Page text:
Hague just can't get his head round England: it's way too big
This Christmas, William Hague, Ffion at his side, will be sitting in his Range Rover, enjoying a bottle of wine and some turkey sandwiches as he feasts his eyes upon the Yorkshire Dales. Weather permitting, the two may take up their sticks and go for a walk.
The "rest of the nation", William told us in Just William (and Ffion), the recent Channel 4 documentary about the leader of the opposition, were welcome to go on "enjoying family arguments" but, for him and his bride, it was to be a quiet sandwich in the car. No family, no friends, not even church-going -- it seemed a pretty peculiar way to spend Christmas Day. Yet the irony of this oddball viewing the rest of us as dysfunctional squabblers who will spend the holiday stuffing ham down one another's trousers and pelting each other with buns was lost on William.
But not on anyone who watched the programme. Its star wore a regular guy's Banana Republic T-shirt and boasted of his down-to-earth attitude at every step, but he was so tense with his interviewer, awkward with his jolly sisters, and unconvincing when fondling Ffion, that we knew there was very little that was normal about him.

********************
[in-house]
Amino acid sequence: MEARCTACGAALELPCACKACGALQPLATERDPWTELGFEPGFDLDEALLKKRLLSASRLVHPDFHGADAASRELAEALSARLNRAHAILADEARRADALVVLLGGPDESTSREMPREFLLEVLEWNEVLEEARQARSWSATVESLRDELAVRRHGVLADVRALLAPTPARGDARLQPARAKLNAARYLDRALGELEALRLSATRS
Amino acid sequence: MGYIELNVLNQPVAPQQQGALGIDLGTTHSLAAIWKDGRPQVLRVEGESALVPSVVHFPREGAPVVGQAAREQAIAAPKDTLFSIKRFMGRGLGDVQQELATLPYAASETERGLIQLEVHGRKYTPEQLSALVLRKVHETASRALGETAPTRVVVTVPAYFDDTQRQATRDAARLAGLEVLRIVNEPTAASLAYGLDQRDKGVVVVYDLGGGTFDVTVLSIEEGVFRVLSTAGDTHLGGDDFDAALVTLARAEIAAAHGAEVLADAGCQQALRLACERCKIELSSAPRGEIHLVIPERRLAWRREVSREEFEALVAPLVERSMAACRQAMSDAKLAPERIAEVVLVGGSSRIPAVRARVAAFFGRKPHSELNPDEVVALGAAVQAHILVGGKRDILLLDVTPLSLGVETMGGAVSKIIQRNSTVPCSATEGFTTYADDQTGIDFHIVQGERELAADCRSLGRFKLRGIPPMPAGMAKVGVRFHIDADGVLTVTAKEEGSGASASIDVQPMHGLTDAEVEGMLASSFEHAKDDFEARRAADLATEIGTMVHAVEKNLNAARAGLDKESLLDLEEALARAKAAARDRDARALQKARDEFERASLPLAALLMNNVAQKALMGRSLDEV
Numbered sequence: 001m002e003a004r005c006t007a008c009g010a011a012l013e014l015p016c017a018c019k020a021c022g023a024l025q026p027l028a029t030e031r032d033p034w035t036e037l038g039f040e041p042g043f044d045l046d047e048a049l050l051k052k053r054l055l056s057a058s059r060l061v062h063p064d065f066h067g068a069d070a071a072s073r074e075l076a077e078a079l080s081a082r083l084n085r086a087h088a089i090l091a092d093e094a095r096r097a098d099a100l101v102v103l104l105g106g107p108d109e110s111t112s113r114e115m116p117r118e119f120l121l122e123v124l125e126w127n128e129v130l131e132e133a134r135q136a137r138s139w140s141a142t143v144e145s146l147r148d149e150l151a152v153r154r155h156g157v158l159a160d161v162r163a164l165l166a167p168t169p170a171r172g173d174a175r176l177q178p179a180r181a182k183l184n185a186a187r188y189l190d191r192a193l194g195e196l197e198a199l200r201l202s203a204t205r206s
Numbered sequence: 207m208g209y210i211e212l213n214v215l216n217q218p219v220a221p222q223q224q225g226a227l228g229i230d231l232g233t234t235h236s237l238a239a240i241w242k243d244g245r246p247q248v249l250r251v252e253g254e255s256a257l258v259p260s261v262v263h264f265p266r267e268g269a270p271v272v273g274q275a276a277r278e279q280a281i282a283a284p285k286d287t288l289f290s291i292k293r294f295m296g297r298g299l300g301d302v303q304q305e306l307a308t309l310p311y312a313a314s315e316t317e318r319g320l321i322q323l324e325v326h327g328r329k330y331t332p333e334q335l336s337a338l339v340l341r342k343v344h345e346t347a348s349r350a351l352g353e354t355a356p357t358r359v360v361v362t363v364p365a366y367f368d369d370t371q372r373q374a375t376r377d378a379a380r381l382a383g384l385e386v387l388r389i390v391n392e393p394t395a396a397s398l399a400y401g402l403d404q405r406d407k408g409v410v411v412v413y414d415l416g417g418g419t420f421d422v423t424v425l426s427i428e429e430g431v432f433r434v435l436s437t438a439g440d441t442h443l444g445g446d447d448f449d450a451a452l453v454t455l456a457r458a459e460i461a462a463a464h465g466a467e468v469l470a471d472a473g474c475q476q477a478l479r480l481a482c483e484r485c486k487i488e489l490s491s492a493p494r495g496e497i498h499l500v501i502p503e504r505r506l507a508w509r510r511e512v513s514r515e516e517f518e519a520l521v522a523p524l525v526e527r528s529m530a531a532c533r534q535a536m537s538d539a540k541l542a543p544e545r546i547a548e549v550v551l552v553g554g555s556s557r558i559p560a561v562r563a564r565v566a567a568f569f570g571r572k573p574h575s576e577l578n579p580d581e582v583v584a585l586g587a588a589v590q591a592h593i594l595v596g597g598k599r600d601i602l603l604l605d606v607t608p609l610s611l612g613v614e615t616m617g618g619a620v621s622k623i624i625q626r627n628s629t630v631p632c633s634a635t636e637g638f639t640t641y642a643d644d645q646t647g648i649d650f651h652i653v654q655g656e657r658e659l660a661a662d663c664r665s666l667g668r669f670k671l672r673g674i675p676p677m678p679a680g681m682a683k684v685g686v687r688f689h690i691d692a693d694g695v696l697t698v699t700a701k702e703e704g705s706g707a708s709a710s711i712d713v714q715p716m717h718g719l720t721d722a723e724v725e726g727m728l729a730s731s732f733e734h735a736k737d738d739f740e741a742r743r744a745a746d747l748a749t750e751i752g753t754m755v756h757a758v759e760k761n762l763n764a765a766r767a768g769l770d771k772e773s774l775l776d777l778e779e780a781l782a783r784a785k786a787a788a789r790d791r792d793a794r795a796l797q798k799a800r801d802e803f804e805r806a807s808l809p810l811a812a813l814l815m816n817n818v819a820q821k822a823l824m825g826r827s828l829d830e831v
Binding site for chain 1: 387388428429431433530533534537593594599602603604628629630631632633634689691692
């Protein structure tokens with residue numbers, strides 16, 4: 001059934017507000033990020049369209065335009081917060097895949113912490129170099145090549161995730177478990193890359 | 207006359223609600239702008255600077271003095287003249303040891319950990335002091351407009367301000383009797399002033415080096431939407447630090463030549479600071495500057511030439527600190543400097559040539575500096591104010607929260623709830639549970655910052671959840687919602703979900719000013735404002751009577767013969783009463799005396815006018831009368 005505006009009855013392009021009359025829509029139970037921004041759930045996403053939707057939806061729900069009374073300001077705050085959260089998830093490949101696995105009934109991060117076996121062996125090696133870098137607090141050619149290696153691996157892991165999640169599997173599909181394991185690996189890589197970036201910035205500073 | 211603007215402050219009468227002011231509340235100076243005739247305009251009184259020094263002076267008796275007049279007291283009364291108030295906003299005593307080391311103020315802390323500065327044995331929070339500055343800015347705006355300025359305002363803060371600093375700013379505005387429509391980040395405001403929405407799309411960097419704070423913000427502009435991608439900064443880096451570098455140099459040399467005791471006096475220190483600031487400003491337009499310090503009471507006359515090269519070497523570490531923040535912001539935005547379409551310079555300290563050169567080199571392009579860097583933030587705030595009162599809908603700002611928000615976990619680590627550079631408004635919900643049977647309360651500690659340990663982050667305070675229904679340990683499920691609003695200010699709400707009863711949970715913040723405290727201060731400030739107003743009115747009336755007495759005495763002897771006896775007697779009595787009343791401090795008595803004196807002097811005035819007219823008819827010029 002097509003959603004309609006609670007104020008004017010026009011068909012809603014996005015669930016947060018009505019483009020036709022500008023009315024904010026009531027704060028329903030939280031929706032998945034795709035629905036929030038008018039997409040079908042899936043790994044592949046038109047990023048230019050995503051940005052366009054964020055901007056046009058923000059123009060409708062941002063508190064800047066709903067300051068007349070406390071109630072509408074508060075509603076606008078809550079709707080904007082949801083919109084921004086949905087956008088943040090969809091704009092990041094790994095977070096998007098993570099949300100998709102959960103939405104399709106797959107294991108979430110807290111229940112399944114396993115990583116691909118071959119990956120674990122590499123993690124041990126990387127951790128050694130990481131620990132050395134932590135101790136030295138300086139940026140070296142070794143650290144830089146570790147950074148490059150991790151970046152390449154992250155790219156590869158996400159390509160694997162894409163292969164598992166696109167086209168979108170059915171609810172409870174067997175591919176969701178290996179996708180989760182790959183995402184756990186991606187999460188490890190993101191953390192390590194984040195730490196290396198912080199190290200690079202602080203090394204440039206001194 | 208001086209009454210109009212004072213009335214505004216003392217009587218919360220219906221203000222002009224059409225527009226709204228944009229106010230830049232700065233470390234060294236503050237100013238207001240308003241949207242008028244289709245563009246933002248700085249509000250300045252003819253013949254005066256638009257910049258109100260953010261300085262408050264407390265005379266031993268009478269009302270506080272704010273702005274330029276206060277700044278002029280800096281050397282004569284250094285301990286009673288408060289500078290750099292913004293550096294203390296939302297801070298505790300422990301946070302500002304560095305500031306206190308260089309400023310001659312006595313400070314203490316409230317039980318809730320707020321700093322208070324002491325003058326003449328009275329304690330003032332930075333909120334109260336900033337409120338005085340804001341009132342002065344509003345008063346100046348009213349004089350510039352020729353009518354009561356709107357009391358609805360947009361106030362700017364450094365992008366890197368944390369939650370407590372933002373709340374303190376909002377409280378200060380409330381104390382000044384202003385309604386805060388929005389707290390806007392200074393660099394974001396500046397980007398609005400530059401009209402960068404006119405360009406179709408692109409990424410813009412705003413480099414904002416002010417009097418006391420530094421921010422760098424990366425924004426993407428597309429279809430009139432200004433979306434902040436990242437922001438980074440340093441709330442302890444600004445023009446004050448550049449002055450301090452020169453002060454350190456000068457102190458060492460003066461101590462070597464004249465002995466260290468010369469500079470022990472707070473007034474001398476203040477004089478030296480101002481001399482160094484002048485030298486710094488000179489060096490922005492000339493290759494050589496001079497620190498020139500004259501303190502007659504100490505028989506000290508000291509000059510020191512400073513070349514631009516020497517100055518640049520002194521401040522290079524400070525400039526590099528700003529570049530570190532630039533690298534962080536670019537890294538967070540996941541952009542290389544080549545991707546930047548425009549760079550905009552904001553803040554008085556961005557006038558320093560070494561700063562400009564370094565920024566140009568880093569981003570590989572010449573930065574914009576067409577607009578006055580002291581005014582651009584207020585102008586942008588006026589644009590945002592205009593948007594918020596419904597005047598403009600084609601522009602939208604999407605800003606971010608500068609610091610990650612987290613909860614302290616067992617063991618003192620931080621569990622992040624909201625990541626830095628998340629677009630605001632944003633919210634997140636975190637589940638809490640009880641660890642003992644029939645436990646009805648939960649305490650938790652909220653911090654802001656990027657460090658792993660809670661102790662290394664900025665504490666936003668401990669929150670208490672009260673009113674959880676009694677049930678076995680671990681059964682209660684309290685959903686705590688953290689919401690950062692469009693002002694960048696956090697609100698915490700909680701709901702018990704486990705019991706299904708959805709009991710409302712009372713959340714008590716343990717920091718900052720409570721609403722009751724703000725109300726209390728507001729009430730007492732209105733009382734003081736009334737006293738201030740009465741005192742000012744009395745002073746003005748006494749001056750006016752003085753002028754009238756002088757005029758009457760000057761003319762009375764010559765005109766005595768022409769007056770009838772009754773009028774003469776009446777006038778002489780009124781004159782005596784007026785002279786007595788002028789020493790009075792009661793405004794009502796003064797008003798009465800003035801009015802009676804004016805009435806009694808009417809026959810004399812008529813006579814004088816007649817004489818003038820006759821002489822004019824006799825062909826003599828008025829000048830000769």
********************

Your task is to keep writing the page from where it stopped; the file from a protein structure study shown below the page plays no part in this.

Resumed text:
It wasn't just Willie's weirdness that came out loud and clear in the documentary. His provincialism, too, became obvious. The man's roots, he kept reminding us, are in a few square miles of north Yorkshire -- and his allegiances are to the men and women who live there. For these simple and amiable folk, London is that "place down there", an alien den packed with foreigners, blacks and men in gay pride T-shirts. William was at ease when he was downing rum and black and hoovering big slabs of artery-blocking meat pies. He relaxed with Mother Goose, a woman the size of a barn who owned a boarding house and fed him a proper Yorkshire tea; and he hailed as bosom buddies a series of country bumpkins who looked like walk-on extras from Emmerdale. Little England is way …